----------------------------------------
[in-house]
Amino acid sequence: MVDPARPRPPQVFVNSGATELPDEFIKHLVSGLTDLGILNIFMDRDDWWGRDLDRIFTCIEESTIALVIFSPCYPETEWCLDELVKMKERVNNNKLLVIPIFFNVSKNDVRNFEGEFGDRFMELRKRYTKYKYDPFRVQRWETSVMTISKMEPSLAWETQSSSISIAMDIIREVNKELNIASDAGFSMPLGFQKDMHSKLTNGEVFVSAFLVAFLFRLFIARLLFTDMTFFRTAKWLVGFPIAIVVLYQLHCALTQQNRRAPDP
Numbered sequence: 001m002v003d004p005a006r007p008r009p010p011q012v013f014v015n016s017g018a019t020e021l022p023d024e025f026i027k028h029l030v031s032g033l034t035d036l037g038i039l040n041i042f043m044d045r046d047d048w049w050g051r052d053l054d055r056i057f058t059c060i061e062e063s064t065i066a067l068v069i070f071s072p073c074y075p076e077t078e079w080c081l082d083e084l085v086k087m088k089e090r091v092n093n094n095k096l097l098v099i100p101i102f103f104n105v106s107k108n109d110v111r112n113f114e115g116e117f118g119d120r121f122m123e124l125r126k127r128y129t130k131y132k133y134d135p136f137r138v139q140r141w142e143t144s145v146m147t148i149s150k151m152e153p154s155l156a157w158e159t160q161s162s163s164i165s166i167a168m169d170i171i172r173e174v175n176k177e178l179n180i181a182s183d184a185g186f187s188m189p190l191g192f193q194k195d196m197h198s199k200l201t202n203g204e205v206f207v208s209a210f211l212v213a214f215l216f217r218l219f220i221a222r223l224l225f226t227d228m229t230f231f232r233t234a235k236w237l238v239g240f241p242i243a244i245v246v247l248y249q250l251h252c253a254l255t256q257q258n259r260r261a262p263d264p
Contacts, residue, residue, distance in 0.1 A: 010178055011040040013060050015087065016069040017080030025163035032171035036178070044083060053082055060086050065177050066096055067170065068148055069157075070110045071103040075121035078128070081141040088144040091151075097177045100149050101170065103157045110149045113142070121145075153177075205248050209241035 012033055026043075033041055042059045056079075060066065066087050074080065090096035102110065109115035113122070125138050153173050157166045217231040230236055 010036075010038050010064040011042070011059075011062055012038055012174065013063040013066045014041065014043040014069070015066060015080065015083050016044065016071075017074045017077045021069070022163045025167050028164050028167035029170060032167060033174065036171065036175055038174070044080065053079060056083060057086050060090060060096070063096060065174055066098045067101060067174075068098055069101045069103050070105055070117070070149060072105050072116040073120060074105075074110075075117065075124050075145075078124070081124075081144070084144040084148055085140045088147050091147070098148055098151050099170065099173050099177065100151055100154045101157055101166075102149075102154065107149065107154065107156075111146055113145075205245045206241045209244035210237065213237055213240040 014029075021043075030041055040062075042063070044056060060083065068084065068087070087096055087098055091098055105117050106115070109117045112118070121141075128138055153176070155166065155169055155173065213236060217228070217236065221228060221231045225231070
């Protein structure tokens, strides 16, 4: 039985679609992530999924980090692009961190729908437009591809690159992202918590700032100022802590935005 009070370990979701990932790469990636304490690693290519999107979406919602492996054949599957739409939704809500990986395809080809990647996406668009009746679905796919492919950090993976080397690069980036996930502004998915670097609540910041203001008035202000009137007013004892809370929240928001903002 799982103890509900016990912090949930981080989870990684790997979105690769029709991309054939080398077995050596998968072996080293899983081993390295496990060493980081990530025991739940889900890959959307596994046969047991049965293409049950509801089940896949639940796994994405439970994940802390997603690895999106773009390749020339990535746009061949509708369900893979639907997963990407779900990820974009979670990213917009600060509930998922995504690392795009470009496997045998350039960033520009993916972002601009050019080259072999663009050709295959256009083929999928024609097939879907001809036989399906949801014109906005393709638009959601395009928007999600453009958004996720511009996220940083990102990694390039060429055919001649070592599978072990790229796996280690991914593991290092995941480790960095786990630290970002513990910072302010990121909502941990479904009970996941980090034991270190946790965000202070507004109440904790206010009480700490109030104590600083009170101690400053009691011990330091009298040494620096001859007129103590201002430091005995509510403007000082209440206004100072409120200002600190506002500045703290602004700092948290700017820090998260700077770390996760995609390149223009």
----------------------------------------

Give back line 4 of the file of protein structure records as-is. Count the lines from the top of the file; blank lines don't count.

Contacts, residue, residue, distance in 0.1 A: 010178055011040040013060050015087065016069040017080030025163035032171035036178070044083060053082055060086050065177050066096055067170065068148055069157075070110045071103040075121035078128070081141040088144040091151075097177045100149050101170065103157045110149045113142070121145075153177075205248050209241035 012033055026043075033041055042059045056079075060066065066087050074080065090096035102110065109115035113122070125138050153173050157166045217231040230236055 010036075010038050010064040011042070011059075011062055012038055012174065013063040013066045014041065014043040014069070015066060015080065015083050016044065016071075017074045017077045021069070022163045025167050028164050028167035029170060032167060033174065036171065036175055038174070044080065053079060056083060057086050060090060060096070063096060065174055066098045067101060067174075068098055069101045069103050070105055070117070070149060072105050072116040073120060074105075074110075075117065075124050075145075078124070081124075081144070084144040084148055085140045088147050091147070098148055098151050099170065099173050099177065100151055100154045101157055101166075102149075102154065107149065107154065107156075111146055113145075205245045206241045209244035210237065213237055213240040 014029075021043075030041055040062075042063070044056060060083065068084065068087070087096055087098055091098055105117050106115070109117045112118070121141075128138055153176070155166065155169055155173065213236060217228070217236065221228060221231045225231070